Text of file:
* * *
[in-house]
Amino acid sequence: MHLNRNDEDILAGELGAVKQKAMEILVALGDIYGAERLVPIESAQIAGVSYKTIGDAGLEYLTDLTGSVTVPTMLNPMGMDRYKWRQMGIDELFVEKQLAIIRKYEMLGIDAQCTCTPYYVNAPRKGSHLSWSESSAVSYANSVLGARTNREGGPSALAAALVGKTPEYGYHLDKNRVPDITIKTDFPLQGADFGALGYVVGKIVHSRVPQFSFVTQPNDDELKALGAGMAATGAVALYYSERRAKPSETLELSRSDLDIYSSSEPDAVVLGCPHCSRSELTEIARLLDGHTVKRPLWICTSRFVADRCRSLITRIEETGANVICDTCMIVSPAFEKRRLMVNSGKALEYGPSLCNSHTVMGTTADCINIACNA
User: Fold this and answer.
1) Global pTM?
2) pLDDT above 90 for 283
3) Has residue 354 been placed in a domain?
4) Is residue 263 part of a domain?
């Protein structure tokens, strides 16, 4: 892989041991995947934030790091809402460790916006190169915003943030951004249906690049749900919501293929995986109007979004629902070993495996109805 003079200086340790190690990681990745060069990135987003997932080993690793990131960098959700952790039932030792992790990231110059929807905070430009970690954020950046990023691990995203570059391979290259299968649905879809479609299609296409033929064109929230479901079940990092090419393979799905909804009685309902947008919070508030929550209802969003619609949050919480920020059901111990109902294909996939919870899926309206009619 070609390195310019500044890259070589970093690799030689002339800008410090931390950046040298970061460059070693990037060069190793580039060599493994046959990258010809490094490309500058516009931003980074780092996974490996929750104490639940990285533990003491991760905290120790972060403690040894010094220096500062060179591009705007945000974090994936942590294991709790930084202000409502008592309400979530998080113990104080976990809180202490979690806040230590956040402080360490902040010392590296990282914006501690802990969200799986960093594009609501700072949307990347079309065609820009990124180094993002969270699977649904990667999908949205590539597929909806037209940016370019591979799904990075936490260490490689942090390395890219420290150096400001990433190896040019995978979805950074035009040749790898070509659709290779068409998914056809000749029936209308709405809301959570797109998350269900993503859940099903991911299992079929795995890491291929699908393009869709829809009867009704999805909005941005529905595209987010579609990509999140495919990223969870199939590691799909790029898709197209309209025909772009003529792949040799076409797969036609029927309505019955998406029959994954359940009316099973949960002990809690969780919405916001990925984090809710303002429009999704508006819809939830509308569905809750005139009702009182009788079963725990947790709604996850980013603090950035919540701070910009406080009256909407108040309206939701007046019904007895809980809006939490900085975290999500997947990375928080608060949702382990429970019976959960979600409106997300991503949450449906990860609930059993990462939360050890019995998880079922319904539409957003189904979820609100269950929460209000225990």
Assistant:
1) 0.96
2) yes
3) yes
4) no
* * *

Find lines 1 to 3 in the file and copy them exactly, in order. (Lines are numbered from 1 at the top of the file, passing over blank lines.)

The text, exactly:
[in-house]
Amino acid sequence: MHLNRNDEDILAGELGAVKQKAMEILVALGDIYGAERLVPIESAQIAGVSYKTIGDAGLEYLTDLTGSVTVPTMLNPMGMDRYKWRQMGIDELFVEKQLAIIRKYEMLGIDAQCTCTPYYVNAPRKGSHLSWSESSAVSYANSVLGARTNREGGPSALAAALVGKTPEYGYHLDKNRVPDITIKTDFPLQGADFGALGYVVGKIVHSRVPQFSFVTQPNDDELKALGAGMAATGAVALYYSERRAKPSETLELSRSDLDIYSSSEPDAVVLGCPHCSRSELTEIARLLDGHTVKRPLWICTSRFVADRCRSLITRIEETGANVICDTCMIVSPAFEKRRLMVNSGKALEYGPSLCNSHTVMGTTADCINIACNA
User: Fold this and answer.